The opportunity for activity and inclusion is so important for every child, especially those with special needs. Braeden will get his bike from generous Variety KC donors – please help other kids get the bike they need too! Donate today at varietykc.org/donate/
Meet Mia- She has been diagnosed with Hemimegalencephaly a rare neurological condition in which one-half of the brain, or one side of the brain, is abnormally larger than the other. The structure of the brain on the affected side may be markedly abnormal or show only subtle changes.
She seizes approximately 75 percent of her day, but since her hemispherotomy she has made huge strides in all her difficult areas. Those are physically, mentally, socially, and visual disabilities. Variety KC can help her Be Active, Be Social and Belong by providing the equipment she needs to be included! #varietykc . #inclusion #rare # belong #equipment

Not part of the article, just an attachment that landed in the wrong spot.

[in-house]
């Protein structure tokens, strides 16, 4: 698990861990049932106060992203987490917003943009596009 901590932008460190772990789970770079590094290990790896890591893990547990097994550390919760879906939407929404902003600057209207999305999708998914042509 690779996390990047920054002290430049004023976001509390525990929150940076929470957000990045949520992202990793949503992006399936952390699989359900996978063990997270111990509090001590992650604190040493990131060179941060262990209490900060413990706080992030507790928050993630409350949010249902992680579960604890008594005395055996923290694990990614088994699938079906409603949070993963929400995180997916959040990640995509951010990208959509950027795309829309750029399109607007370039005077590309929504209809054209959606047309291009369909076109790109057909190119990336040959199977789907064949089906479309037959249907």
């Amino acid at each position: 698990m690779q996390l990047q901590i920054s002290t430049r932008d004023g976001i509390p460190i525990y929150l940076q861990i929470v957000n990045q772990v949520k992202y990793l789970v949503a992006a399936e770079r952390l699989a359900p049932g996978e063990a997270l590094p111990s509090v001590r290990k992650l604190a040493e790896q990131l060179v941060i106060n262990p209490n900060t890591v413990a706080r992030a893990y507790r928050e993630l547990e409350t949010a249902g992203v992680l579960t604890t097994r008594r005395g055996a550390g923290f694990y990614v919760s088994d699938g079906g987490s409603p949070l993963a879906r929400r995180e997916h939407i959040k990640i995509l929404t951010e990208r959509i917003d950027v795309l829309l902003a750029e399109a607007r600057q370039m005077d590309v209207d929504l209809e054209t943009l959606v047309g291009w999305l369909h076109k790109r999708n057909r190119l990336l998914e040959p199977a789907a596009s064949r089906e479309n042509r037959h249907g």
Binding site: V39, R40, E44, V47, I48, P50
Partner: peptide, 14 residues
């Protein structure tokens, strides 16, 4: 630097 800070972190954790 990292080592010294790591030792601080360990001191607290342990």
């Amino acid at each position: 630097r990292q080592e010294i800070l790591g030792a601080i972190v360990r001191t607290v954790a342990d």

Abby is an active and caring young lady with a diagnosis of cerebral palsy. She uses AFO’s, or what most people call “leg braces,” to straighten her feet and help her walk better and fall less. She recently grew out of her leg braces and not eligible for insurance.
She loves playing outside with other kids, and is a very loving child with a bubbling personality and a big heart for animals. She loves making people smile and helping animals any way she can – in fact, she volunteers at a local animal shelter with her mom!
The problem is, without her leg braces, Abby can’t do the things she loves and help out where she wants. With a heart like Abby’s, of course Variety KC wanted to step in and help. She’ll get her new braces and be back playing like before – something that gives her parents so much joy.